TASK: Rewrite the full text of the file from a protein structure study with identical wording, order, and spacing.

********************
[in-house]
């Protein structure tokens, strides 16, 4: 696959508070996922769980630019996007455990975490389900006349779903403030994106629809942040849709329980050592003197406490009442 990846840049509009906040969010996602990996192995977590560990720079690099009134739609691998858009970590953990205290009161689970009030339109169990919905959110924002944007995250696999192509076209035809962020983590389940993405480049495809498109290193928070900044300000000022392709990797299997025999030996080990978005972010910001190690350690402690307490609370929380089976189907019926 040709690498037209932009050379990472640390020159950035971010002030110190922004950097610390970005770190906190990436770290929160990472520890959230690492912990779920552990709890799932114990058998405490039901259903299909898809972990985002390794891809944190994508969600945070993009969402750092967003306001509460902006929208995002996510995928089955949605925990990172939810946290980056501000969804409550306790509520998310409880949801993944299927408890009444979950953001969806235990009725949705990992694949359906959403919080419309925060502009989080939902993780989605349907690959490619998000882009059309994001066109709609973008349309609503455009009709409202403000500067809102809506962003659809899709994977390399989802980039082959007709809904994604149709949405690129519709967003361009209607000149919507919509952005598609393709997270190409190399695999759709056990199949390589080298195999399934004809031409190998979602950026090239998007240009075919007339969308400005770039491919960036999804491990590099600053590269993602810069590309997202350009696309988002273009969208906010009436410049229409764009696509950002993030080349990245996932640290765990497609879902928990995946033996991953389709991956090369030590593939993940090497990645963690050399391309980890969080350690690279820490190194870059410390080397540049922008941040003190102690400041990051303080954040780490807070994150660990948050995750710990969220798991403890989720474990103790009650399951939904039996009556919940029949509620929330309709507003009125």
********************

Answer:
[in-house]
């Protein structure tokens, strides 16, 4: 696959508070996922769980630019996007455990975490389900006349779903403030994106629809942040849709329980050592003197406490009442 990846840049509009906040969010996602990996192995977590560990720079690099009134739609691998858009970590953990205290009161689970009030339109169990919905959110924002944007995250696999192509076209035809962020983590389940993405480049495809498109290193928070900044300000000022392709990797299997025999030996080990978005972010910001190690350690402690307490609370929380089976189907019926 040709690498037209932009050379990472640390020159950035971010002030110190922004950097610390970005770190906190990436770290929160990472520890959230690492912990779920552990709890799932114990058998405490039901259903299909898809972990985002390794891809944190994508969600945070993009969402750092967003306001509460902006929208995002996510995928089955949605925990990172939810946290980056501000969804409550306790509520998310409880949801993944299927408890009444979950953001969806235990009725949705990992694949359906959403919080419309925060502009989080939902993780989605349907690959490619998000882009059309994001066109709609973008349309609503455009009709409202403000500067809102809506962003659809899709994977390399989802980039082959007709809904994604149709949405690129519709967003361009209607000149919507919509952005598609393709997270190409190399695999759709056990199949390589080298195999399934004809031409190998979602950026090239998007240009075919007339969308400005770039491919960036999804491990590099600053590269993602810069590309997202350009696309988002273009969208906010009436410049229409764009696509950002993030080349990245996932640290765990497609879902928990995946033996991953389709991956090369030590593939993940090497990645963690050399391309980890969080350690690279820490190194870059410390080397540049922008941040003190102690400041990051303080954040780490807070994150660990948050995750710990969220798991403890989720474990103790009650399951939904039996009556919940029949509620929330309709507003009125």